WMU News

Potter books raise specter of book bannings

Sept. 22, 2000

KALAMAZOO -- J.K. Rowling's series of books about a geeky kid who finds out he is really a wizard has sparked numerous attempts at censorship because of their depictions of witchcraft and wizardry. As Banned Books Week begins on Sept. 23, the Harry Potter books top the list of most challenged books. The outcry over the books shows that attempts at censorship are as abundant as ever, says Dr. Ellen Brinkley, a WMU associate professor of English and author of the book "Caught Off Guard: Teachers Rethinking Censorship and Controversy."

"Certainly, censorship is alive and well today and that's why we need Banned Books Week, I think, because it's a reminder that we need to protect that right to decide for ourselves what we read," Brinkley says. "And I think ultimately we need to think about intellectual freedom and the fact that our democracy depends on a public that is educated and on intellectual freedom for that public."

Brinkley says the enormous popularity of the Harry Potter books has contributed to the number of attacks against them. But even older books like the Mark Twain classic "The Adventures of Huckleberry Finn" still generate a large number of complaints.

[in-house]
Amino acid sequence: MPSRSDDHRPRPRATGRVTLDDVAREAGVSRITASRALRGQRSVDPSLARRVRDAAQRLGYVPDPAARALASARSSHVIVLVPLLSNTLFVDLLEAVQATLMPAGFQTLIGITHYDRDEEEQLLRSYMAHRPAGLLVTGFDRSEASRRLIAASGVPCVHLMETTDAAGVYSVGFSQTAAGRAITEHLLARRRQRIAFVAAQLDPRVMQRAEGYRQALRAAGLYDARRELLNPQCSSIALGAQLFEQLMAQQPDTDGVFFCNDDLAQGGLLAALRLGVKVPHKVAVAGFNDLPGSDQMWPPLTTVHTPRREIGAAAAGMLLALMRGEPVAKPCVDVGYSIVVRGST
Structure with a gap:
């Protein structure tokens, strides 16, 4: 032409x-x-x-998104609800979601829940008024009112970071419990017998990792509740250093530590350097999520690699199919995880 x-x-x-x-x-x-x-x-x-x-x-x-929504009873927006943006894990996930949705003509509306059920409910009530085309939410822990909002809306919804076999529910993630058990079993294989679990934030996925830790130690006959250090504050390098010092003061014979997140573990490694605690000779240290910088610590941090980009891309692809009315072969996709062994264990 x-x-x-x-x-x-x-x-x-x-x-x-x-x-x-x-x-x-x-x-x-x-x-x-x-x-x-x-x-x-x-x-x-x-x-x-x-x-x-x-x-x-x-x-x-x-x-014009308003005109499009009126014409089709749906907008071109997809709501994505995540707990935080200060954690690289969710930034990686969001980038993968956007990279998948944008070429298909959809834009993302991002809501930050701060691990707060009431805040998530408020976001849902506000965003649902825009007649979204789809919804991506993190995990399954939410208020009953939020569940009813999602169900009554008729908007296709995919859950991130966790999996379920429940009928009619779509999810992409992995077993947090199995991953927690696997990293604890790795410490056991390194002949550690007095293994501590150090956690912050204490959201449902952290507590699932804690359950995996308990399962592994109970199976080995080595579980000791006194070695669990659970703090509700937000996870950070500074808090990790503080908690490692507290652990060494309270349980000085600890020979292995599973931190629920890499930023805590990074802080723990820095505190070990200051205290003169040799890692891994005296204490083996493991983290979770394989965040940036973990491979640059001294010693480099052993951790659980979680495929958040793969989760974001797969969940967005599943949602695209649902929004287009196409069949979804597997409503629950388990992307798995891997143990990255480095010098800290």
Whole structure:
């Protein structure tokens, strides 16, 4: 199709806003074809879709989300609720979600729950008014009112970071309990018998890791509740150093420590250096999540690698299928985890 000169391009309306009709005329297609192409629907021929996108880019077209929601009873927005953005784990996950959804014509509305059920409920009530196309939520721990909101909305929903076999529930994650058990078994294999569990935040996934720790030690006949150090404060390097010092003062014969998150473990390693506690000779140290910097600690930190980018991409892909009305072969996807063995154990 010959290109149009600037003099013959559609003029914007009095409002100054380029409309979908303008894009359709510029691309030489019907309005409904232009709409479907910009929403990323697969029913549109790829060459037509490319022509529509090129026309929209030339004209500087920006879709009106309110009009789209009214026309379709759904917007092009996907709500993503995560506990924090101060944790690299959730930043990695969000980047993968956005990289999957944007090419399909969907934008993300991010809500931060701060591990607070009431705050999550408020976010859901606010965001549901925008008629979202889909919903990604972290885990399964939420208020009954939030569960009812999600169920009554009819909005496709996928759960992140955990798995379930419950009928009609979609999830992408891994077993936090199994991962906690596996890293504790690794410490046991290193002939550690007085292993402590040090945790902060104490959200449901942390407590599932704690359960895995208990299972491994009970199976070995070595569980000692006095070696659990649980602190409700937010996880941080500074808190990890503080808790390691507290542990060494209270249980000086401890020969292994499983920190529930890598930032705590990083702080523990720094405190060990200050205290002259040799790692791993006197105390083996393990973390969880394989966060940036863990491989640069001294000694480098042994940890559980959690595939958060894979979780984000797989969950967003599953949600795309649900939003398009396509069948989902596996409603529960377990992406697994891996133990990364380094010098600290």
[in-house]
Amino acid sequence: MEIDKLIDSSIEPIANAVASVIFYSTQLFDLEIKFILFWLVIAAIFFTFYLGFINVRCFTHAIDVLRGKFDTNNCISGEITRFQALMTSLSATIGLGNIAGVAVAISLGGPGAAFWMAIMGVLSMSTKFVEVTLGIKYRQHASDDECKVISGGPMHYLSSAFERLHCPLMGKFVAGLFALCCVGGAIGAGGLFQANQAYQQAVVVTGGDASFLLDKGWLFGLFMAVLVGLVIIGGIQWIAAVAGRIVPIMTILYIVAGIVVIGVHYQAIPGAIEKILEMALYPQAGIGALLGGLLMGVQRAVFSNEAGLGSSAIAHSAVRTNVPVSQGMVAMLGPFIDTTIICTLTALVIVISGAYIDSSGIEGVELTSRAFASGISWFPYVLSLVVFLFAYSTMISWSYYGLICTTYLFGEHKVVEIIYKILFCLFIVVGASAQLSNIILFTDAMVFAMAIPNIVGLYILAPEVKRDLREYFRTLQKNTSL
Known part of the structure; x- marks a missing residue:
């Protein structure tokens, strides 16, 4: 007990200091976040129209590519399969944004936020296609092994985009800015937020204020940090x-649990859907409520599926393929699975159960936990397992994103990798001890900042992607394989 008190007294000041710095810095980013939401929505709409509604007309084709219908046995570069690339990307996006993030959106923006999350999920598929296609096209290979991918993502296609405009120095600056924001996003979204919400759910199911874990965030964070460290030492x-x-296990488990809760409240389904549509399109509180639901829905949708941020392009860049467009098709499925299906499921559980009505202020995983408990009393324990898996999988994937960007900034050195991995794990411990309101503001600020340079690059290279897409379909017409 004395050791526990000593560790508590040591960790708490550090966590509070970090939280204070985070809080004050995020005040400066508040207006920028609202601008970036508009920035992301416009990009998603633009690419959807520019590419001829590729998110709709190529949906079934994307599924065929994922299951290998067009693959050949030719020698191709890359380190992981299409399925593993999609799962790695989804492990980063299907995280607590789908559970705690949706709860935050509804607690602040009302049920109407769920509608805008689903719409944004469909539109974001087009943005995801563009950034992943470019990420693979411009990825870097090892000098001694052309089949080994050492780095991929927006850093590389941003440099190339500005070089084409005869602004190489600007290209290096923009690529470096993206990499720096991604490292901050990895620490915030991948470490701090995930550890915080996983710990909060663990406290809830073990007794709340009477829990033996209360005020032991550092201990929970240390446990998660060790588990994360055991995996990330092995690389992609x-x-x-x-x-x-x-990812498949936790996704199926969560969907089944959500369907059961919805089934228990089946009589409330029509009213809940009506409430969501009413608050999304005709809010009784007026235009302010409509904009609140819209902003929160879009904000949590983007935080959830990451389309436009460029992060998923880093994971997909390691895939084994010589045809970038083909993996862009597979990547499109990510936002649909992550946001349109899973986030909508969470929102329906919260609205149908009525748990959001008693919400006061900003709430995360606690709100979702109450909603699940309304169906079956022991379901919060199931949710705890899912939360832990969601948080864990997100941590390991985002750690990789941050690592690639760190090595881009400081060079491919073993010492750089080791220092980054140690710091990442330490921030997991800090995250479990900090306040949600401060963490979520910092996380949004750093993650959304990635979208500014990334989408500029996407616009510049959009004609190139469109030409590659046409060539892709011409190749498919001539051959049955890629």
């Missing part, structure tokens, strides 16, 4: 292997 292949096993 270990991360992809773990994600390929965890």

Parents do have a right to lodge a complaint if their son or daughter is asked to read a book that the parent finds objectionable, Brinkley says. But they don't have a right to prohibit other children from reading it.

"Parents always have the right to say, 'I don't want my child to read this book,'" Brinkley says. "What they don't have a right to say is, 'I don't want this book read in this school building or in this classroom,' or 'I don't want this book on the library shelves.'"

Brinkley says school districts need to have a well thought-out policy in place to deal with challenges to books. The policy should allow for an open discussion about the pros and cons of the challenged material before a committee made up of educators and citizens. The discussion then should lead to a rational decision.

Brinkley urges parents who think a book might be objectionable to read the entire book before lodging a complaint. Parents shouldn't read portions of the book out of context or take someone else's word for it, she says.

"A lot of times parents, I think, make decisions hastily or get caught up in some kind of controversy that they hear about," Brinkley says. "And they need to be reading those things for themselves."

Banned Books Week concludes on Sept. 30.

Media contact: Mark Schwerin, 616 387-8400, mark.schwerin@wmich.edu


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